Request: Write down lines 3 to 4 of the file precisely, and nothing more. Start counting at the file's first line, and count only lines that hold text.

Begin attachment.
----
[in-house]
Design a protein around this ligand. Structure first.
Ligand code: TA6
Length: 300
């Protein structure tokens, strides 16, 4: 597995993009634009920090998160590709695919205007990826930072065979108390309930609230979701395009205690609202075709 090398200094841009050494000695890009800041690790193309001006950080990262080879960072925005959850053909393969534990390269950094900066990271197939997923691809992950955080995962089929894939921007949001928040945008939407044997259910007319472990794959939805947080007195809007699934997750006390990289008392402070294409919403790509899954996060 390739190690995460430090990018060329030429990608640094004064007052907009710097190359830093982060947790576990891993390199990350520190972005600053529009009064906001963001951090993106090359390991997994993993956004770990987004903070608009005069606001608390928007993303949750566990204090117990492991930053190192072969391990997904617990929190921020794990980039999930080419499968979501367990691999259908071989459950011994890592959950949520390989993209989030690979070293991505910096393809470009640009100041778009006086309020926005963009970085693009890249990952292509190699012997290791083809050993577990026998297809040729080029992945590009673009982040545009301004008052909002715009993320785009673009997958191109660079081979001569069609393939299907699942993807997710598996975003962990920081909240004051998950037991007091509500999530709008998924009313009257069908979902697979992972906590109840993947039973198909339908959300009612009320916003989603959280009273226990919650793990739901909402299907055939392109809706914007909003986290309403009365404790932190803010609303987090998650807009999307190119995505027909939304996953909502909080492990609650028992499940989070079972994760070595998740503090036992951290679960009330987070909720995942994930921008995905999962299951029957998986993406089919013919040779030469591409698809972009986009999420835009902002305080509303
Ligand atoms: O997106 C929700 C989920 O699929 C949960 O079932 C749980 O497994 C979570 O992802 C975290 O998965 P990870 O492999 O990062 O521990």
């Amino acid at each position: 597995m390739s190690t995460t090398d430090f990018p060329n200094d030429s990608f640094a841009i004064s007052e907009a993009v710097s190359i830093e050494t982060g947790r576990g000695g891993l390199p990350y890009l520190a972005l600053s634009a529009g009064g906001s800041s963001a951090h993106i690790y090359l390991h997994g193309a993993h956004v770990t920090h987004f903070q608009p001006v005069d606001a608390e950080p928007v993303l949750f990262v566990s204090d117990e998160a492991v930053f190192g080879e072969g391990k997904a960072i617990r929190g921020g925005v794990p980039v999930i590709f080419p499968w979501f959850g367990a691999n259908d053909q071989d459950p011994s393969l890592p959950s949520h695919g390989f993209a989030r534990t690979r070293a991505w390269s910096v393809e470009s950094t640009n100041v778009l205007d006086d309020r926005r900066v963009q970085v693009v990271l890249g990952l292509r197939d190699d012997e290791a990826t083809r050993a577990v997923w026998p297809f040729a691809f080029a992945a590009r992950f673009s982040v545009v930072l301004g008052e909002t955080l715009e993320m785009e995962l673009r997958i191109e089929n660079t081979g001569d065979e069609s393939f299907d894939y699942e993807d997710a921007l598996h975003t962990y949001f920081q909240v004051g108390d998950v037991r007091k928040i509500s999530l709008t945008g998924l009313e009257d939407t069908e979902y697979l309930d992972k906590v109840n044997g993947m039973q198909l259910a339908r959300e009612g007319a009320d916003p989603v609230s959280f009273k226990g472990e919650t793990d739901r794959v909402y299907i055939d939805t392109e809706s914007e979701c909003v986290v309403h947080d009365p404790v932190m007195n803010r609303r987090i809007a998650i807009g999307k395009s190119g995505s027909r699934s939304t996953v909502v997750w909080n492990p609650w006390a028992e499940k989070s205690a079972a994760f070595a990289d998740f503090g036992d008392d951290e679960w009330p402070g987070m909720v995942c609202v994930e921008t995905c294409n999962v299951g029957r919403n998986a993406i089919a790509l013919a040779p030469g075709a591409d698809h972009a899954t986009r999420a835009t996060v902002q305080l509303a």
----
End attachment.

Ligand code: TA6
Length: 300